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Comair Flight 5191  |  About the Crash

Baum Hedlund has represented over 500 aviation accident victims and their families throughout the nation and internationally.  Visit www.airplanecrash-lawyer.com



A TRAGEDY THAT NEVER SHOULD HAVE HAPPENED

Preliminary investigation clearly reveals that Comair Flight 5191 attempted to takeoff from the wrong runway—a runway one-half as long as needed for the CRJ 100 Bombardier airplane.

It appears that the flight crew and the air traffic controller on duty believed the flight was taking off on Runway 22; instead, it attempted to takeoff on Runway 26 at Lexington, Kentucky’s Blue Grass Airport Sunday morning about 6:00 a.m., on August 27.


Retired Comair Captain Now Aviation Disaster Attorney

John Greaves, an aviation attorney with Baum Hedlund, and retired Comair Captain, flew in and out of Lexington’s Blue Grass Airport many times during his tenure with the airline. He comments that: “Whenever I taxied onto a runway for the purpose of taking off, among the first checks were the flight and systems instruments, for normality. One such instrument is the directional indicator that shows the direction of the nose of the aircraft in degrees from North similar to a compass.”

“The runways are delineated by numbers representing the heading of the runway. It is difficult for me to conceive the flight crew being lined up with the takeoff runway and starting their takeoff roll without being aware that the aircraft is heading 265 degrees and not the expected 226 degrees. The flight was apparently cleared for takeoff by Air Traffic Control on Runway 22, not Runway 26.”


Blue Grass Airport

Lexington’s Blue Grass Airport is a modern, well-equipped airport, suitable for most all weather, day or night airline operations. Current information indicates that there were some alterations made to the runways and taxiways the week before the tragic crash. However, the flight crew would have had access to that information and would be expected to be familiar with the current status of the airport layout through such publications as "Notams" (Notices to Airmen), which are part of the routine dispatch package of information each captain receives before each flight.

Runway 22 is 7,003 feet long. Runway 26 is 3,500 feet long. This aircraft, under these conditions, needed a minimum of 5,800 feet to effectuate the takeoff. When the aircraft reached the end of Runway 26 on its takeoff roll, it had insufficient flying speed for takeoff. It apparently ran off the end of the runway, crashing into trees and coming to rest about a mile from the end of the runway. The aircraft was loaded with fuel for the flight to Atlanta. The fuel ignited during the crash sequence, causing the deaths of all but one aboard the aircraft. There is no information available at this time regarding whether the engines and other systems were operating normally. There is not current information to suggest that weather was a factor.


Could Control Tower Action Have Prevented the Crash?

Although our investigation is at its beginning stages, it is safe to say that this tragedy should never have happened, and would never have happened if the Comair crew had been paying strict attention to their job, and were properly following the checklists which are required before takeoff.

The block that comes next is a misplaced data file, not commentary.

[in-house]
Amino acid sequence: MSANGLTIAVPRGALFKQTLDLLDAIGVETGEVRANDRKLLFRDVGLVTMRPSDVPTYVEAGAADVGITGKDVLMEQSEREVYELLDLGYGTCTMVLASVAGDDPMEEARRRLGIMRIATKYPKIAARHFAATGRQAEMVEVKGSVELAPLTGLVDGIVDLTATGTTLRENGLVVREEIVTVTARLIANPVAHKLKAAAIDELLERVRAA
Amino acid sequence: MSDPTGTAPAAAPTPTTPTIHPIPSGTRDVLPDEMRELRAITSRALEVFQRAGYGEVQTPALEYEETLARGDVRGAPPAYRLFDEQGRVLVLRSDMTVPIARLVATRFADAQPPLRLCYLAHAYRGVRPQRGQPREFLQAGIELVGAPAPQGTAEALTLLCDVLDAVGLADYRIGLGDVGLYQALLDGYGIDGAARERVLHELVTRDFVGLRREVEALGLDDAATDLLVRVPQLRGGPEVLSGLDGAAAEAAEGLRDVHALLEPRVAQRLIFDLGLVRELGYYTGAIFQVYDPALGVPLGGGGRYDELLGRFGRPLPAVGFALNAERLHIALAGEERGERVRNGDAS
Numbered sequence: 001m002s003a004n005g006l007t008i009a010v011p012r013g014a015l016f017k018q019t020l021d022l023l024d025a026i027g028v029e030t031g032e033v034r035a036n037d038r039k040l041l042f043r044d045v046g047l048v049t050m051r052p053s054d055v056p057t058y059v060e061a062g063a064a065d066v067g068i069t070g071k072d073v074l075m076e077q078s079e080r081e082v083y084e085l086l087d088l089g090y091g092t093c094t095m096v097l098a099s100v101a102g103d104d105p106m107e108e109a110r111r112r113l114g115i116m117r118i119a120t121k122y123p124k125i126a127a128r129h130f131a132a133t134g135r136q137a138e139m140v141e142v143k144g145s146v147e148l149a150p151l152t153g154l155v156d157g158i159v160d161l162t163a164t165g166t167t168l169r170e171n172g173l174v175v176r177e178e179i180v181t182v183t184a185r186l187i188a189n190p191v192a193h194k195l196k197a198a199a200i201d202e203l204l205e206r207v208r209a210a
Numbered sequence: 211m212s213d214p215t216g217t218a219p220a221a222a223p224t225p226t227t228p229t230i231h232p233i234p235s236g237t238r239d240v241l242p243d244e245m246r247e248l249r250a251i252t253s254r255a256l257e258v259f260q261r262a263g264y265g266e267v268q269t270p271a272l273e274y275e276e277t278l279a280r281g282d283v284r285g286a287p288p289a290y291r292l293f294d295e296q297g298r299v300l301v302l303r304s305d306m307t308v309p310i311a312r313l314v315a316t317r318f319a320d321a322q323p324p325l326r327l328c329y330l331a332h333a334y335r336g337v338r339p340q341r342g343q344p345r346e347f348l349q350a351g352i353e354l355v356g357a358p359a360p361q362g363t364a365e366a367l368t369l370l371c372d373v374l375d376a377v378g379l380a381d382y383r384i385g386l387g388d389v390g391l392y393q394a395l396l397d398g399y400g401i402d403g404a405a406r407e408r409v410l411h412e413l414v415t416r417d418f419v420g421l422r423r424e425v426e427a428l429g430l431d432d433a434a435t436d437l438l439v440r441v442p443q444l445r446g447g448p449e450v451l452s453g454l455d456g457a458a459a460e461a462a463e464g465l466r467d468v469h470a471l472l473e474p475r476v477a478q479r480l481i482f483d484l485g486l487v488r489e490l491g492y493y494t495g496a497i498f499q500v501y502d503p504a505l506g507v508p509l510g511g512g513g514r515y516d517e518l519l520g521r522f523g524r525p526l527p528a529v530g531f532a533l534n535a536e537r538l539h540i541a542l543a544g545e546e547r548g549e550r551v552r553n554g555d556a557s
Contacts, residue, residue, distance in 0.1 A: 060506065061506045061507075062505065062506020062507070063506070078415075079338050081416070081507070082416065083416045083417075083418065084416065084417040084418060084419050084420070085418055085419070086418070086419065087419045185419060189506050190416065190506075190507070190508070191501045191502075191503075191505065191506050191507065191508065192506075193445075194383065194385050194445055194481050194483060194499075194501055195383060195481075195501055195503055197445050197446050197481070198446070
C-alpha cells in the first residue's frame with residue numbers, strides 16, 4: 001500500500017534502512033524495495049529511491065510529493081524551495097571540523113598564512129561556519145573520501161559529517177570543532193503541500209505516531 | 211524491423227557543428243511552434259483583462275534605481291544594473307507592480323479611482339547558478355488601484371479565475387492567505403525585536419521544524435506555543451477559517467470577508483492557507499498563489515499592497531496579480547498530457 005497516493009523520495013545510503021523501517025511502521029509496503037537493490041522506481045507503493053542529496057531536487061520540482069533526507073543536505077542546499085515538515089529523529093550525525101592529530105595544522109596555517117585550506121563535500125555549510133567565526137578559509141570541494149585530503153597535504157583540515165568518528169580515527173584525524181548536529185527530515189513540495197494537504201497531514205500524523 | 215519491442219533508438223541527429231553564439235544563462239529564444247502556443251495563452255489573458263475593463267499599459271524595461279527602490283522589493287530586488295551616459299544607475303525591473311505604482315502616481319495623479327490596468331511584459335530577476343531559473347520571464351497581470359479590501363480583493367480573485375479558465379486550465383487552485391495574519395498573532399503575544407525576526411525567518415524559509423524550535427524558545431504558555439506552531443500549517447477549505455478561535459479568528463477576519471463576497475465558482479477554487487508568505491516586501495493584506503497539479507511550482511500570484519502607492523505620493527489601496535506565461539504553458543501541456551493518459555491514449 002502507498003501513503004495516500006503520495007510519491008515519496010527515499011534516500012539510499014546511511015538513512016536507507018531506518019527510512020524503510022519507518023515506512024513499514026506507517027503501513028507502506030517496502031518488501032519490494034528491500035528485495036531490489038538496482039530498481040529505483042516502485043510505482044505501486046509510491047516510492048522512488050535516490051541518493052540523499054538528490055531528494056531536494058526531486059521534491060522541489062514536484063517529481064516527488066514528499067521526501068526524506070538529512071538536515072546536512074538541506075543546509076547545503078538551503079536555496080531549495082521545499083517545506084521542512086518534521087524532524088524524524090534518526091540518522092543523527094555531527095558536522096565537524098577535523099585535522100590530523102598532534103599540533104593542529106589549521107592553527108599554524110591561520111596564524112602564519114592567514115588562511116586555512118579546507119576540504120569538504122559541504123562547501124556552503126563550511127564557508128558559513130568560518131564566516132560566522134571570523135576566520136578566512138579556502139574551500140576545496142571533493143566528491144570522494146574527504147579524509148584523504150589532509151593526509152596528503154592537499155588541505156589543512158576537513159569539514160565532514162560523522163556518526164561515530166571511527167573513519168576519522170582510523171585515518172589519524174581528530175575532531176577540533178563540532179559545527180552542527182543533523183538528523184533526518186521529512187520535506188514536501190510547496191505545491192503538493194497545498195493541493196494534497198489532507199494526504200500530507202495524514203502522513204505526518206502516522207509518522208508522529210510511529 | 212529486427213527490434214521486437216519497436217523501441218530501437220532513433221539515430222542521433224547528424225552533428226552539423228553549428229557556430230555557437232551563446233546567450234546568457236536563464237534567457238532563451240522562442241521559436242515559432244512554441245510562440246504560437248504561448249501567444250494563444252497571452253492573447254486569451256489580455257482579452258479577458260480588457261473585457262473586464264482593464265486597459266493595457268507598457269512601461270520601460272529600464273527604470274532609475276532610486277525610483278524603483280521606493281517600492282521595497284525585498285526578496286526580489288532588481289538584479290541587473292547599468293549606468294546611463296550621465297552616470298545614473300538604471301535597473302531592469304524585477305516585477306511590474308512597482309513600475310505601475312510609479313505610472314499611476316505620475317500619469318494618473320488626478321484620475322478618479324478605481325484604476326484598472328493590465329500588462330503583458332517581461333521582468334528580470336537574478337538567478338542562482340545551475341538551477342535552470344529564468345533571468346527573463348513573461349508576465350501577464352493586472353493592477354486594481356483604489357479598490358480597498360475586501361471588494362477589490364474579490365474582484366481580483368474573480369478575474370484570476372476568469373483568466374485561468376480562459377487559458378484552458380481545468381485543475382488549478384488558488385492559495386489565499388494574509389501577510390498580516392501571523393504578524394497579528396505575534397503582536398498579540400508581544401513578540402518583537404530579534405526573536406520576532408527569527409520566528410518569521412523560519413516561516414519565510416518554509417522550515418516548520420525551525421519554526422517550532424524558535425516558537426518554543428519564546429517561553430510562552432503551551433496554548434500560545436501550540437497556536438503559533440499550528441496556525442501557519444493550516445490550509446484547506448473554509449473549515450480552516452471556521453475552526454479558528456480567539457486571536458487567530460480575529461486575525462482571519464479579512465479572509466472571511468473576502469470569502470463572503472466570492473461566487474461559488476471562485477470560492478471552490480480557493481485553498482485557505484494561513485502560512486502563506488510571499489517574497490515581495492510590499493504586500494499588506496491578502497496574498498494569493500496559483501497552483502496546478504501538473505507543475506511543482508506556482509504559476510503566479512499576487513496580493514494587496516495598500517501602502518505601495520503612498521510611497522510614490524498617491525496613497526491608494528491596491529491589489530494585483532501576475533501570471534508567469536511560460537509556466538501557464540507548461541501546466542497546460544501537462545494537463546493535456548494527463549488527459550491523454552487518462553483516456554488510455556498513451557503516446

Also, it is not too soon to be asking what the air traffic controller on duty did before the takeoff roll commenced, and was doing when it commenced. The specific instructions given to the flight by the controller, which will be revealed by the recordings routinely made, will probably provide key information to understand fully what happened. The central question to be investigated, from the point of view of the controller is: why did the controller not notice that the airplane had taxied onto the wrong runway? The airport configuration appears to give the tower an unobstructed view of the taxiways and runways. Had the air traffic controller noticed, surely that controller would have warned the flight crew that it could not takeoff from that short runway.


Ron Goldman, Baum Hedlund’s Senior Litigation Partner
Pilot / Aviation Accident Law & Torts Professor

Ron Goldman, the firm’s senior litigation partner (who recently negotiated a settlement which required an unprecedented public apology in the Air Midwest Flight 5481 crash), and the lawyer leading the firm’s investigation into this crash, said: “In every air crash investigation, the primary aim is to learn precisely what happened, toward the end of avoiding such tragedies in the future, and to ensure that those responsible are held accountable for their actions.”

Written by Ronald L. M. Goldman and John A. Greaves
August 28, 2006


Aviation Disaster Attorneys, one a Former Comair Captain,
Investigating the Comair Flt. 5191 Crash

Airline disaster attorney, John Greaves, a former captain for Comair, has flown in and out of Lexington's Blue Grass Airport, which is where Comair Flight 5191 crashed on Sunday, August 27.

Our firm's senior litigation partner, Ronald Goldman, is leading the firm's investigation into the Comair crash along with Mr. Greaves. Mr. Goldman, an attorney with about 35 years litigation experience representing air disaster victims, is also a pilot and former aviation law professor.

Baum Hedlund's Aviation Disaster Team has litigated more than 55 airline disasters over the past 20 years, including several involving runway issues. The firm has represented over 500 aviation disaster victims.

Sunday's accident in Lexington, Kentucky involved a Bombardier CRJ100 which crashed on takeoff after using the wrong runway. The cockpit crew mistakenly turned down Runway 26 when they should have taken off from Runway 22. Runway 22 is 7,003 feet long, while Runway 26 is 3,500 feet long, too short for the Comair plane.